Little Dragons Go Back to School

Edward Burne-Jones, “Seminary for More Advanced Dragon Babies” (detail). From Margaret: Aug:mdccclxxxv. [manuscript]. London: 1891-1892. (Manuscripts 91749).

“Education is not preparation for life; education is life itself.” John Dewey

Long before Hiccup befriended and subdued the dragon, Toothless, in Cressida Cowell’s book How to Train Your Dragon (2003), the nineteenth-century English artist, Sir Edward Burne-Jones (1833-1898), imagined a world where baby dragons went to school to learn everything dragons need to know to become fearsome creatures.

Burne-Jones was a Pre-Raphaelite artist known for his illustrations for William Morris’s Kelmscott Press, and decorative designs and paintings depicting Medieval subject matter. After the 1860s, his work and artistic ideology was associated with the Aesthetic Movement. Art, according to Aestheticists like Burne-Jones, should not be used for didactic or moralizing purposes; rather, it should be considered an object of beauty whose sole purpose was to elicit a sensual and emotional response from the viewer (Landow).

Burne-Jones filled personal correspondence to family and friends with sketches and caricatures. He was especially fond of writing to the children of the household and entertained them with delightful and humorous pictures (MacCarthy, 328). His desire to connect with children and entertain them through art-making can be further seen in a sketchbook in the Cotsen’s collection, Margaret: AUG:MDCCCLXXXV (Manuscripts 91749).

Inscription from Edward Burne-Jones, Margaret: Aug:mdccclxxxv. [manuscript]. London: 1891-1892. (Manuscripts 91749).

A handwritten inscription states that Burne-Jones gave his daughter, Margaret, a plain sketchbook before she married and moved to 27 Young Street. It goes on to state that the book was given to his granddaughter, Angela, when she was eighteen months old and that, “E. B-J began making drawings in it for her when he came to see her” (Burne-Jones).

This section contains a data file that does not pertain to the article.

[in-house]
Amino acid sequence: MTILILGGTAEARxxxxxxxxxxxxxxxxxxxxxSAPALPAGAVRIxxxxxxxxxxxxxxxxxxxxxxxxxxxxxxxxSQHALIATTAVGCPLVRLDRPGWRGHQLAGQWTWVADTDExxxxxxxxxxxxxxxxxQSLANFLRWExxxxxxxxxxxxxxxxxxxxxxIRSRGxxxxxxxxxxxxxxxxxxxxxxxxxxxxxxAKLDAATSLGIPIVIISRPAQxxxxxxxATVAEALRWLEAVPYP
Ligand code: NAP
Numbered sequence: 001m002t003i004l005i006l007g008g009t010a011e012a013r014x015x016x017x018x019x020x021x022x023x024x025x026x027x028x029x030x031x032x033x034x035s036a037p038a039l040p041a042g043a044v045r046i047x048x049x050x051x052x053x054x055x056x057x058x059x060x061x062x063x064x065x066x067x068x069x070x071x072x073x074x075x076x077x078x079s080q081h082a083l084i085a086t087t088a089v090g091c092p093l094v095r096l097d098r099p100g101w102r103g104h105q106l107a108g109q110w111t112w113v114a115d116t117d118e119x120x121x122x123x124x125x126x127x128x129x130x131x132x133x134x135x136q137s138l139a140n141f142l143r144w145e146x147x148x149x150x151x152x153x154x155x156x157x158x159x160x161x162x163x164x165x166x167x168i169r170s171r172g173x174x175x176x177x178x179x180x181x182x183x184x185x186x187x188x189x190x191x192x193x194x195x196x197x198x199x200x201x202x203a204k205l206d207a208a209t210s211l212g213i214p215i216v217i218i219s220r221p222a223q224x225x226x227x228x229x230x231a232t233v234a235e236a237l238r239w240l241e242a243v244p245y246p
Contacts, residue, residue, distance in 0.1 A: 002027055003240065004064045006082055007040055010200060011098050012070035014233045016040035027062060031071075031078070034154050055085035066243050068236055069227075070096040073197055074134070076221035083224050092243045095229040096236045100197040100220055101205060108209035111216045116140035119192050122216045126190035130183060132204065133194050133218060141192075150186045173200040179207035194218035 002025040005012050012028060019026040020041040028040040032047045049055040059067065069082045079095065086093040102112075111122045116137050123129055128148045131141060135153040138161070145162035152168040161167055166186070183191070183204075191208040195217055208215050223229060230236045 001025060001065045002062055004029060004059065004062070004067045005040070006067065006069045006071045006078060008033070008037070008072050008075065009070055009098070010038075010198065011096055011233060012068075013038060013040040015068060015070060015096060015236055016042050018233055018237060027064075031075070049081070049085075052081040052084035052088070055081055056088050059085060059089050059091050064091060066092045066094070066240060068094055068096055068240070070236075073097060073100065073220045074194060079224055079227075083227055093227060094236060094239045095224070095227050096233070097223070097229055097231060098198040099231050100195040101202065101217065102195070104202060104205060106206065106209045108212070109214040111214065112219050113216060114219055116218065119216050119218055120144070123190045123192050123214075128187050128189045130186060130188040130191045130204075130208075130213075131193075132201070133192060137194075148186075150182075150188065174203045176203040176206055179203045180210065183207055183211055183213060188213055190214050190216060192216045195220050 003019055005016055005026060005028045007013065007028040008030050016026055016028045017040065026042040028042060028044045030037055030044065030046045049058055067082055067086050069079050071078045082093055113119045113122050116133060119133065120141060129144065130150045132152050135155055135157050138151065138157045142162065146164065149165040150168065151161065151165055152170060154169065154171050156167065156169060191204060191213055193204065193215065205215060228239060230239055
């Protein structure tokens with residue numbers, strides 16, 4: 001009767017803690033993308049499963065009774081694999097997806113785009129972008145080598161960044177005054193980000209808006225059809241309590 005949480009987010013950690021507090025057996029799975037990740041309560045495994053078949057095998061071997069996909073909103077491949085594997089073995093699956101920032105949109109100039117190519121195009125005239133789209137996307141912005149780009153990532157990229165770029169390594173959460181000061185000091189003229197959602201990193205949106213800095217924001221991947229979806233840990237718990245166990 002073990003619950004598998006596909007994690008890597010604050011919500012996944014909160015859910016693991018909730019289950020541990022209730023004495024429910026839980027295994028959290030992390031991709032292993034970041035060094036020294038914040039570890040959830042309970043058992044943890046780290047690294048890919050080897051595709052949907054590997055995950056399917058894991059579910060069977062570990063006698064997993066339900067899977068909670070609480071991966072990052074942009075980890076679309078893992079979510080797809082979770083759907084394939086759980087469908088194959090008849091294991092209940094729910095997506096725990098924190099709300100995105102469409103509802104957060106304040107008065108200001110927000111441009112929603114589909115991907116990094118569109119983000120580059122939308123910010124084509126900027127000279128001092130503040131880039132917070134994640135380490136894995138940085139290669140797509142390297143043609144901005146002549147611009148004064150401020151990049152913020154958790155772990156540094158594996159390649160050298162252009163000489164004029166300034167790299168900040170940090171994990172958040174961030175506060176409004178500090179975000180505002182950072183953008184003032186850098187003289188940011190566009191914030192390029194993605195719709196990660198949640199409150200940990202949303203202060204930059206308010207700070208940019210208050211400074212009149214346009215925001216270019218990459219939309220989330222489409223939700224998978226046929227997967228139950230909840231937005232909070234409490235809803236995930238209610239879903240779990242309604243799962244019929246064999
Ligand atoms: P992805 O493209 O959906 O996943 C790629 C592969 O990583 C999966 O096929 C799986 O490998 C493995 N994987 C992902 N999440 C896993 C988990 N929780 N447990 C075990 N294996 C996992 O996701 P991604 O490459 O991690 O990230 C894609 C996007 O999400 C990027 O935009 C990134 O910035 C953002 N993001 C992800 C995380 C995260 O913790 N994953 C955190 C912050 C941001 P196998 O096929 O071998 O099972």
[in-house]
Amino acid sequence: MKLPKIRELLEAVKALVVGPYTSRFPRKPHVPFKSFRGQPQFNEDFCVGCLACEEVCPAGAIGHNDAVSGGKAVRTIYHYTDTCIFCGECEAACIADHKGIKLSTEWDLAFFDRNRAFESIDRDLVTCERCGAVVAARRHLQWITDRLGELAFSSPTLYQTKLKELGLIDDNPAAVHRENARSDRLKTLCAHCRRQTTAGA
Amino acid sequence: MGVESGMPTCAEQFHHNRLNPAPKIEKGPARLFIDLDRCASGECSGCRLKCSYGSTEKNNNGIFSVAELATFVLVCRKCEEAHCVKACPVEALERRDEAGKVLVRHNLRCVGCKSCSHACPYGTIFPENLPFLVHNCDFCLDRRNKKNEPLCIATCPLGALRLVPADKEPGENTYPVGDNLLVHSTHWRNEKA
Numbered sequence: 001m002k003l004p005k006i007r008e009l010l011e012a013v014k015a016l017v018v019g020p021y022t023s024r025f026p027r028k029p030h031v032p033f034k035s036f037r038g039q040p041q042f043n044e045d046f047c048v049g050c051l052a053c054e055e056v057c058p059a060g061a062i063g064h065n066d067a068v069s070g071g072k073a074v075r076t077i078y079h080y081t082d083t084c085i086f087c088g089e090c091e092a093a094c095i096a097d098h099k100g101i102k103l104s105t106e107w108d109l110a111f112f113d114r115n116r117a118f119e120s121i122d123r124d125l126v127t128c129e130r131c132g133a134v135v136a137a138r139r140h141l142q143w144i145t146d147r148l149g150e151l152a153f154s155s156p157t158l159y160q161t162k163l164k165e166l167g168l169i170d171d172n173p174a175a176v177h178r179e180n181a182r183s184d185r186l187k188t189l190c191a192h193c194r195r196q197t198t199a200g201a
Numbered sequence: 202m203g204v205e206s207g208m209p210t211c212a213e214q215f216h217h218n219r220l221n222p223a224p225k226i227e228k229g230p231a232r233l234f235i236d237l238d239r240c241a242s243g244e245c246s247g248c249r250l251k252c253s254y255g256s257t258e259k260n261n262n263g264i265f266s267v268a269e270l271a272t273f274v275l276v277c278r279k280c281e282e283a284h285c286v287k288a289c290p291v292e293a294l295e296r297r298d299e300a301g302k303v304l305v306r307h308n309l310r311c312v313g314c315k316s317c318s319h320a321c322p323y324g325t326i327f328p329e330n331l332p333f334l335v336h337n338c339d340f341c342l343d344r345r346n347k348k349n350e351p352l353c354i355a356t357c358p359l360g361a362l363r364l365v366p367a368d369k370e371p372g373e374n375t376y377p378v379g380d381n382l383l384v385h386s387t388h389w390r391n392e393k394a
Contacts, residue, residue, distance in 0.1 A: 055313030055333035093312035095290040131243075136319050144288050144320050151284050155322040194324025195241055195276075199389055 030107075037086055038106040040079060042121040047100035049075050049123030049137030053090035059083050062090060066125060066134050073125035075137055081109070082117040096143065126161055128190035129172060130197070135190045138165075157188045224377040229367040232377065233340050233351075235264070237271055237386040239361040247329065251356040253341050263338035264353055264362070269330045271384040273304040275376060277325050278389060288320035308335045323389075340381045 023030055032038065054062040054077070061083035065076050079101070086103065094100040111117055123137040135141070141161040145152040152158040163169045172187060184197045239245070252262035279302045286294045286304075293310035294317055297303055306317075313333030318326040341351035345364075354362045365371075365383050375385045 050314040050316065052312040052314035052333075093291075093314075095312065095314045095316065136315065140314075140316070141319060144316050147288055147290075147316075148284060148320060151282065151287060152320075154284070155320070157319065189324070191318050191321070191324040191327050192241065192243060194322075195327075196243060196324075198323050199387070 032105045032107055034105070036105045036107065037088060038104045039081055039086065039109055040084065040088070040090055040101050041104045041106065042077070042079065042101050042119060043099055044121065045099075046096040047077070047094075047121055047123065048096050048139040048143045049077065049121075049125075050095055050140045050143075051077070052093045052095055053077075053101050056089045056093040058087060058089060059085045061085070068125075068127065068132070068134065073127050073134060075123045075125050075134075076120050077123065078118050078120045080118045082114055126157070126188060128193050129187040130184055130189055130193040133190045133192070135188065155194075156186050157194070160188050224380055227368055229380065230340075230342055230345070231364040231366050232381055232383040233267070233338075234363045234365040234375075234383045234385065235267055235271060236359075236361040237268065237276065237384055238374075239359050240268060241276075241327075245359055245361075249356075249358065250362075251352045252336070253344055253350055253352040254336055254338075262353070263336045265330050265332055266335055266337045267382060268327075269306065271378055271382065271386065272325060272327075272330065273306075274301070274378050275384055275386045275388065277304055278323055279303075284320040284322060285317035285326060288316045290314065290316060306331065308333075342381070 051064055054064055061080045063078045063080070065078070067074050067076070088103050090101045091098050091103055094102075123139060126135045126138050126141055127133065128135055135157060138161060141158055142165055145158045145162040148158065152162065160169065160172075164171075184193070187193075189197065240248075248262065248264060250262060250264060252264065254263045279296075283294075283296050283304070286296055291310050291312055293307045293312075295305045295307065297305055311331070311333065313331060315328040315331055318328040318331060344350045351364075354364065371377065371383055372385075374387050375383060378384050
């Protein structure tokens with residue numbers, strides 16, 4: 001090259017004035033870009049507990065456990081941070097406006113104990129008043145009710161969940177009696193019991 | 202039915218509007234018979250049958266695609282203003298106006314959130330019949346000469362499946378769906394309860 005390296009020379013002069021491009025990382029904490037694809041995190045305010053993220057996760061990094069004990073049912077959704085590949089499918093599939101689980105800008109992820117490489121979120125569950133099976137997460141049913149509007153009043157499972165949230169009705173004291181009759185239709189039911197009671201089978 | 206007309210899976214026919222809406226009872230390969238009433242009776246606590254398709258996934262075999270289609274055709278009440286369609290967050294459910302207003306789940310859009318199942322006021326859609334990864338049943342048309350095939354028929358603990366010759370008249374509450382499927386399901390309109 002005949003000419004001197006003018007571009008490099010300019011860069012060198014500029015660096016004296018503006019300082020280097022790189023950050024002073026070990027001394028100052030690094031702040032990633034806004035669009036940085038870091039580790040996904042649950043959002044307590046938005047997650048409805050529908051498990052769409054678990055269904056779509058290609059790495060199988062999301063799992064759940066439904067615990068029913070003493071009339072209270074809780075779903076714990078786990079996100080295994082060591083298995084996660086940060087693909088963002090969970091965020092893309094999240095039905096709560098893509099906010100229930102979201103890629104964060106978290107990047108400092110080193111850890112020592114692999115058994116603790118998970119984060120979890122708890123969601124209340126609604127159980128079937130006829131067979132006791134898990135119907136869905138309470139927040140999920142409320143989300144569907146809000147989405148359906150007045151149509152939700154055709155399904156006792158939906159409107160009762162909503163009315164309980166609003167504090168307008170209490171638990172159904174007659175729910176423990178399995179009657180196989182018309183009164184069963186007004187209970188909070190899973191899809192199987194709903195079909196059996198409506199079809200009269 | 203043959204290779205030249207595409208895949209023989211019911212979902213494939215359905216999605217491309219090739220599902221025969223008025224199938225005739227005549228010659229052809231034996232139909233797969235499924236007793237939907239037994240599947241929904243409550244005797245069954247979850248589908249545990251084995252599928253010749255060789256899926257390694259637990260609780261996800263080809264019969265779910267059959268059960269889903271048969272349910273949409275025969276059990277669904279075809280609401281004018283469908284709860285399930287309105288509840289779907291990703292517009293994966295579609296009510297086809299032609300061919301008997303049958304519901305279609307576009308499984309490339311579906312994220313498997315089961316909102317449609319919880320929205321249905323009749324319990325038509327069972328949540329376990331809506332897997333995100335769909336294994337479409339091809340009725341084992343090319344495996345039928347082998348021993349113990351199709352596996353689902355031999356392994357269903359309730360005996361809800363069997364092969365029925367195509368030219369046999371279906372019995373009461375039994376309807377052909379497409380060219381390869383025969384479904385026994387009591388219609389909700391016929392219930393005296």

Edward Burne-Jones, “Seminary for More Advanced Dragon Babies.” From Margaret: Aug:mdccclxxxv. [manuscript]. London: 1891-1892. (Manuscripts 91749).

The sketchbook contains a number of drawings, ranging in subject matter and level of finish. Some depict landscapes, animals, and everyday life, while others, like the “Seminary for More Advanced Dragon Babies” depict mythological and fantastical creatures.

The “Seminary for More Advanced Dragon Babies” (December 5, 1892) is a finished drawing done in Burne-Jone’s linear style. It shows a group of nine, adorable, cat-like baby dragons in a courtyard. At the rear of the courtyard, sits a podium with an open book and ink well, above which hangs a sign that bears the title of the piece. To the left is a doorway leading into “Hisstry School” (history) and to the right is a doorway leading to “Jogruffy School” (geography).

The baby dragons are shown wrestling with each other, peeking out from the doorways, rolling on their backs, or, rubbing away tears. The creatures are not the typical, scaly dragons that we’re used to seeing. Instead, they each have spots and random tufts of hair down their backs and tiny tails. Their round little bellies and diminutive stature show that they are indeed juveniles who are presumably attending their first day of school, just like many of our own children.

To the students who are attending their first day of school, we wish you good luck! You may not learn how to fly or breathe fire, but you will be in good company as you learn about history and geography, and maybe even about dragons in mythology!

Burne Jones, Edward Coley. Margaret: Aug:mdccclxxxv. [manuscript]. London: 1891-1892. (Manuscripts 91749).

Landow, George P. “Aesthetes, Decadents, and the Idea of Art for Art’s Sake.” VictorianWeb, 5 December 2012.

MacCarthy, Fiona. The Last Pre-Raphaelite: Edward Burne-Jones and the Victorian Imagination. Cambridge, MA: Harvard University Press, 2012.

Welcome to the Shire!

Howard Pyle, “The Young Knight of Lea Overcomes the Knight of Lancaster.” In The Merry Adventures of Robin Hood, of Great Renown, in Nottinghamshire by Howard Pyle. New York: Charles Scribner’s Sons, 1883, p. 157.